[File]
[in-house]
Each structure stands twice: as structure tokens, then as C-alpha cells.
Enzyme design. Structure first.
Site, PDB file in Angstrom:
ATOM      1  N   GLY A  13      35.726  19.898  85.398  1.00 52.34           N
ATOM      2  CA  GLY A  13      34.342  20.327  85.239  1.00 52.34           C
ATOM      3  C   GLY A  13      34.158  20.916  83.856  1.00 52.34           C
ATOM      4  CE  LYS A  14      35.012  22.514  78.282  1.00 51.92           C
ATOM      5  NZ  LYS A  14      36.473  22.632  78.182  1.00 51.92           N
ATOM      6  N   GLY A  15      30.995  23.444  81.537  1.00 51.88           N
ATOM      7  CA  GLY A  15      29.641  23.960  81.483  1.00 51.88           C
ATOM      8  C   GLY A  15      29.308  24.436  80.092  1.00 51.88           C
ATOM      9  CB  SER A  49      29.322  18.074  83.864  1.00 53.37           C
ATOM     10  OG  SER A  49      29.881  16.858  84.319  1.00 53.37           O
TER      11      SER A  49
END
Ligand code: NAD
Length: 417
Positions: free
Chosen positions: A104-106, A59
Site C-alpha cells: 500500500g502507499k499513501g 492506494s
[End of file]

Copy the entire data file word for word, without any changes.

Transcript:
[in-house]
Each structure stands twice: as structure tokens, then as C-alpha cells.
Enzyme design. Structure first.
Site, PDB file in Angstrom:
ATOM      1  N   GLY A  13      35.726  19.898  85.398  1.00 52.34           N
ATOM      2  CA  GLY A  13      34.342  20.327  85.239  1.00 52.34           C
ATOM      3  C   GLY A  13      34.158  20.916  83.856  1.00 52.34           C
ATOM      4  CE  LYS A  14      35.012  22.514  78.282  1.00 51.92           C
ATOM      5  NZ  LYS A  14      36.473  22.632  78.182  1.00 51.92           N
ATOM      6  N   GLY A  15      30.995  23.444  81.537  1.00 51.88           N
ATOM      7  CA  GLY A  15      29.641  23.960  81.483  1.00 51.88           C
ATOM      8  C   GLY A  15      29.308  24.436  80.092  1.00 51.88           C
ATOM      9  CB  SER A  49      29.322  18.074  83.864  1.00 53.37           C
ATOM     10  OG  SER A  49      29.881  16.858  84.319  1.00 53.37           O
TER      11      SER A  49
END
Ligand code: NAD
Length: 417
Positions: free
Chosen positions: A104-106, A59
Site C-alpha cells: 500500500g502507499k499513501g 492506494s